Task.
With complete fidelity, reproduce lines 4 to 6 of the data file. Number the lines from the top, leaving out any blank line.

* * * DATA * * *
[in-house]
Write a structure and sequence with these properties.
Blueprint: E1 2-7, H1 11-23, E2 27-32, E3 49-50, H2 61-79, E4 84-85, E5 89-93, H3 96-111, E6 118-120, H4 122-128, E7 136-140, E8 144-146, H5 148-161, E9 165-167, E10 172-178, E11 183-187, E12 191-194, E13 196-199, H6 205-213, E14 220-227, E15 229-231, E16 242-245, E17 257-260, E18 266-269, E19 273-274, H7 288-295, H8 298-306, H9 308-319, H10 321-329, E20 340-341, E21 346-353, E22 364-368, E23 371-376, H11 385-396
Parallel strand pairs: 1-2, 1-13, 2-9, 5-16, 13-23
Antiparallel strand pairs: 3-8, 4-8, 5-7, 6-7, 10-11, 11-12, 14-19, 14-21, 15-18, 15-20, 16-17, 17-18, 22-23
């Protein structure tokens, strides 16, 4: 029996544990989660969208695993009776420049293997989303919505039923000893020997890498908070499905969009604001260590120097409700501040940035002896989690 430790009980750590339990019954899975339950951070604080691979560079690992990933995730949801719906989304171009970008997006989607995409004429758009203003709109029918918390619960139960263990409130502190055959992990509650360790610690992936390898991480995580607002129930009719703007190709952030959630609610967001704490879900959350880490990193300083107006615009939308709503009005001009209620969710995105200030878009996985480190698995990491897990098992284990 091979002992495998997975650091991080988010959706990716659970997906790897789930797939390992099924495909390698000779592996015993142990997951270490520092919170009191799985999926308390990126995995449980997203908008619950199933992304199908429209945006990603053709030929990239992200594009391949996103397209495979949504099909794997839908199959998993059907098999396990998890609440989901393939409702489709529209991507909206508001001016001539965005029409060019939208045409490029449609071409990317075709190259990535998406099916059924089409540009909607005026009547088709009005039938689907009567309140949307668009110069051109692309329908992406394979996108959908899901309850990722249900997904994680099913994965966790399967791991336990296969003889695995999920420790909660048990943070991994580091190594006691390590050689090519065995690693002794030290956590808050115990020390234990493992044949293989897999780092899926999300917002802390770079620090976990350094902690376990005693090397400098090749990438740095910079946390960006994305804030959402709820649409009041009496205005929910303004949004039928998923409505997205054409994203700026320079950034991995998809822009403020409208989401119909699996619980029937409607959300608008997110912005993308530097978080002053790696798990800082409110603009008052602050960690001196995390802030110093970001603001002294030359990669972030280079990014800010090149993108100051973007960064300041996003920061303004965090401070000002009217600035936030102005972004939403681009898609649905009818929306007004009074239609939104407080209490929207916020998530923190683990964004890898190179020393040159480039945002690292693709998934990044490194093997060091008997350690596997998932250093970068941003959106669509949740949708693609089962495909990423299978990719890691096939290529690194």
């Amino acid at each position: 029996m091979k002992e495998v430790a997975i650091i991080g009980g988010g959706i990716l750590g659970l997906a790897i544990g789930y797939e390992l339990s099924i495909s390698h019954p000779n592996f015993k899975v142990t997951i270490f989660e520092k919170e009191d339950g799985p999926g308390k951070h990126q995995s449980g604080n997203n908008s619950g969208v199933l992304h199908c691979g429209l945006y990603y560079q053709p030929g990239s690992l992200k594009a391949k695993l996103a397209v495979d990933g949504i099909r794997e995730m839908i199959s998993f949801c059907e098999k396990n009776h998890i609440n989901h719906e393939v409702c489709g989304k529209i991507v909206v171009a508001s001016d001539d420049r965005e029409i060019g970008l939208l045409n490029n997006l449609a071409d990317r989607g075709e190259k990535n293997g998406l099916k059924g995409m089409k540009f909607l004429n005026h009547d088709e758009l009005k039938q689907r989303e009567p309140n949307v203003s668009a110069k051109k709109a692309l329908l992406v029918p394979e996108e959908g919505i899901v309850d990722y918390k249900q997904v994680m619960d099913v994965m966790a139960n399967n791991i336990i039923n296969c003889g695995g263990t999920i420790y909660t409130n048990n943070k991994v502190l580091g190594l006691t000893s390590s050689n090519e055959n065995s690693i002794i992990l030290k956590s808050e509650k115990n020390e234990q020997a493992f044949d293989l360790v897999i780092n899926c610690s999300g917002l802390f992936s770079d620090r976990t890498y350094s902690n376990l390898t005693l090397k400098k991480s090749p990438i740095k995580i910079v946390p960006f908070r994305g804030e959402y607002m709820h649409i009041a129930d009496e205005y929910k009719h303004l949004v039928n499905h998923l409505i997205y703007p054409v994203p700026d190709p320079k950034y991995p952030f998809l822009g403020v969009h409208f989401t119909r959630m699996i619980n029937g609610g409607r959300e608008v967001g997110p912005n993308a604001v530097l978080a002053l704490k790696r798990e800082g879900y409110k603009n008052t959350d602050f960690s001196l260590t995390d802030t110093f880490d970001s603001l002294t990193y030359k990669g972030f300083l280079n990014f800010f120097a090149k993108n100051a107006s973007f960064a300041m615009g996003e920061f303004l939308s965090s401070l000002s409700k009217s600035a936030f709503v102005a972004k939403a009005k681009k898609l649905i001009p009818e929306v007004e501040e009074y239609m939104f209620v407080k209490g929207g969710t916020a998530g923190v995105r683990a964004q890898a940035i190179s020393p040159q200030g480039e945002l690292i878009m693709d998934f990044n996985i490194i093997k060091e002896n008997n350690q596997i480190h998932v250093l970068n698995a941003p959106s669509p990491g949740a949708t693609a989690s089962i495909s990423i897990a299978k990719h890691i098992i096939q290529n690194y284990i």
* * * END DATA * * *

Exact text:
Parallel strand pairs: 1-2, 1-13, 2-9, 5-16, 13-23
Antiparallel strand pairs: 3-8, 4-8, 5-7, 6-7, 10-11, 11-12, 14-19, 14-21, 15-18, 15-20, 16-17, 17-18, 22-23
């Protein structure tokens, strides 16, 4: 029996544990989660969208695993009776420049293997989303919505039923000893020997890498908070499905969009604001260590120097409700501040940035002896989690 430790009980750590339990019954899975339950951070604080691979560079690992990933995730949801719906989304171009970008997006989607995409004429758009203003709109029918918390619960139960263990409130502190055959992990509650360790610690992936390898991480995580607002129930009719703007190709952030959630609610967001704490879900959350880490990193300083107006615009939308709503009005001009209620969710995105200030878009996985480190698995990491897990098992284990 091979002992495998997975650091991080988010959706990716659970997906790897789930797939390992099924495909390698000779592996015993142990997951270490520092919170009191799985999926308390990126995995449980997203908008619950199933992304199908429209945006990603053709030929990239992200594009391949996103397209495979949504099909794997839908199959998993059907098999396990998890609440989901393939409702489709529209991507909206508001001016001539965005029409060019939208045409490029449609071409990317075709190259990535998406099916059924089409540009909607005026009547088709009005039938689907009567309140949307668009110069051109692309329908992406394979996108959908899901309850990722249900997904994680099913994965966790399967791991336990296969003889695995999920420790909660048990943070991994580091190594006691390590050689090519065995690693002794030290956590808050115990020390234990493992044949293989897999780092899926999300917002802390770079620090976990350094902690376990005693090397400098090749990438740095910079946390960006994305804030959402709820649409009041009496205005929910303004949004039928998923409505997205054409994203700026320079950034991995998809822009403020409208989401119909699996619980029937409607959300608008997110912005993308530097978080002053790696798990800082409110603009008052602050960690001196995390802030110093970001603001002294030359990669972030280079990014800010090149993108100051973007960064300041996003920061303004965090401070000002009217600035936030102005972004939403681009898609649905009818929306007004009074239609939104407080209490929207916020998530923190683990964004890898190179020393040159480039945002690292693709998934990044490194093997060091008997350690596997998932250093970068941003959106669509949740949708693609089962495909990423299978990719890691096939290529690194």